Take time to volunteerCategories: Fondly, Carolyn Comments: 1 comment
As I write you this month, Charlotte is blanketed with seven or eight inches of lovely snow. It brightens and softens everything, and even the sky is a muted pastel. The roads are tricky though, and my little truck could not pull the hill on my long country driveway. Pantyhose just don't make it in this kind of weather, so after changing, I have been trudging back and forth unloading the groceries I just had to pick up on my way home! I know you don't get any snow where you live, and by the time you receive this letter, it will be February and our snow, too, will be long gone. February has always seemed sad to me somehow, and I am glad every year when it is over. The best ways I know to get through it are to get away for a few days to someplace warm and colorful and to do something to help others.
The latter is what I wanted to talk with you about this month, W, as you look toward a career in medicine. Volunteering has been a long tradition in medicine but is sometimes forgotten or omitted as our lives and practices get busier. Although physicians have been financially and emotionally injured by managed care, litigation, and legislation, most of us are still much more fortunate than average. Christian, Jewish, and Islamic teachings all require that one donate time and resources to help others in our communities. It is just the right thing to do. Volunteering is also good for "public relations" for you and your practice as you meet, labor with, and enjoy the company of people in other fields. Lastly, volunteering is good for you as a person; it brightens and softens your outlook, much as the snow has done for our city this week.
Last weekend, I traveled with friends to a bed-and-breakfast in North Carolina's beautiful mountains. We ate breakfast with a neuropsychology doctoral student who was seeking a historical figure to psychoanalyze for her dissertation. She had started with Mother Theresa but later concluded that "you cannot analyze Mother Theresa; she was a saint." That may be true, but I think there is a little of Mother Theresa, or what drove her, in each of us. In other words, we have both a moral obligation and a personal need to volunteer.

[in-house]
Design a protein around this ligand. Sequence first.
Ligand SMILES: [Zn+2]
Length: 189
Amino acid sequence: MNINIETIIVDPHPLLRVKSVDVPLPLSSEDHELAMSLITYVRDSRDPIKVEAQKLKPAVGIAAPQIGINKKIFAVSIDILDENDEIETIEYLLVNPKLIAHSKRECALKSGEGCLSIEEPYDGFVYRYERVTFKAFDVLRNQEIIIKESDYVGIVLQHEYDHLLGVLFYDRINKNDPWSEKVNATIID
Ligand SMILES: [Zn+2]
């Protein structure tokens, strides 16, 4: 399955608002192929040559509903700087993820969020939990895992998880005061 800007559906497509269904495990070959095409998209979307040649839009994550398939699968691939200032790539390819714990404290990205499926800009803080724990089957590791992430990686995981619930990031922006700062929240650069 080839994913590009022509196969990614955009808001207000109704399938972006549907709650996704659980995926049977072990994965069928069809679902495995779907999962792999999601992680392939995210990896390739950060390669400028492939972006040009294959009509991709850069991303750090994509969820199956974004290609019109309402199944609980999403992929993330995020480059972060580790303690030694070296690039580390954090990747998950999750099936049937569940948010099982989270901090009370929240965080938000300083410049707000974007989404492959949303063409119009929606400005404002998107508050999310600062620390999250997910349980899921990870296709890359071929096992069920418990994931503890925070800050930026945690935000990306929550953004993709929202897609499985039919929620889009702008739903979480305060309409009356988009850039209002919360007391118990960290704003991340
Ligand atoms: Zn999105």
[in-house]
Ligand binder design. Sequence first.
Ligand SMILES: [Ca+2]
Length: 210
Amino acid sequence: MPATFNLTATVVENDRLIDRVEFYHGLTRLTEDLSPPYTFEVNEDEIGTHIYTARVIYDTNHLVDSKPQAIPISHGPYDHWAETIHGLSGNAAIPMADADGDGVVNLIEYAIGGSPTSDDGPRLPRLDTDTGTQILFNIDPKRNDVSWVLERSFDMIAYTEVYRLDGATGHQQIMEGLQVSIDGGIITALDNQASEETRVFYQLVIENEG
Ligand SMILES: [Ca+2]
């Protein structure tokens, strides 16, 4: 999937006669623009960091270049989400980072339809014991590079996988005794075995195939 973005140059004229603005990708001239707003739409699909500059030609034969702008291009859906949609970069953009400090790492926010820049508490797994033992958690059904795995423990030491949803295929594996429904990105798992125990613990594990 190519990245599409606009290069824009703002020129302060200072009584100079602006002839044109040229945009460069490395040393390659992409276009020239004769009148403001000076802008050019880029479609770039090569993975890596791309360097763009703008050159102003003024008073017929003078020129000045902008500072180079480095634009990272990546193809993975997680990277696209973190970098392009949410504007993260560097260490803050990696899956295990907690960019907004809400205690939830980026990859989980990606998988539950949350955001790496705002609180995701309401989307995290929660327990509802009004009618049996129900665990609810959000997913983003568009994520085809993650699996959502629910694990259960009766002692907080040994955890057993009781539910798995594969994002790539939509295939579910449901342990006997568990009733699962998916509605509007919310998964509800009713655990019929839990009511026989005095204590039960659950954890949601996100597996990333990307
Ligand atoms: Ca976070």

There are many opportunities for volunteers in every community. The most obvious one for medical volunteers in Charlotte is our Shelter Medical Clinic, which, sadly, has had to cut its hours by 50 percent recently due to lack of physician involvement. Our Mecklenburg County Medical Society is going to offer pins as a token of appreciation and recognition of physicians and their spouses who volunteer, although the real reward, of course, is not a little pin but internal.
I mentioned last month that physicians must "take time to comfort," and to that I would now add that we must also "take time to volunteer." Have a great month, W, and say hello to your family for me.
Comments on this article:
We long for your presence in Charlotte. Jackson is still alive! YES! And happier than ever since introduction of CBD. He has seizure-free weeks now. Weeeeks, Doctor!
It’s a scary time for us. It’s like you described the snow toting groceries: all looks peaceful until you’re uphill.
I wish I could relay to you how high a pedestal you built. Wallace is the closest we ever got to your time, skill, listening capacity leading to your ability to explain. I hope to reverberate for years to come my appreciation for your ability to instill in me, this one mother, confidence in my own. Not just my own data…my own son. I will never forget you answering my life expectancy question with something along the lines of, “he surprises us all…don’t expect anything. He’s a rule-breaker. I don’t know any more than you, and I’d be curious how you’d answer.” I don’t think we’d be looking at 21 if you hadn’t believed in me. It was tough. Really tough. Thank you for believing in the surprise we both would become. You were right.
We are lobbying (without dirty money) for legal cannabinoid therapy, but more effectively we are teaching the community about the very valid science behind the ECS. I wish we had been able to invite you to his many events, or told you he’d make national news. Surprise! Jackson is a teacher. A non-verbal genius, clever in his charm and spunk, handsomer with his google-eyed half-grin than ever, charming the socks off of physicians who never knew they created their own 2-AG. God, dang….bless our Hart for her foundation upon a lovely blend of science and compassion.
Most sincerely and respectfully,By Kelly and Jackson on Mar 21, 2019 at 2:20am
Kelly and Jackson Helms (AKA West)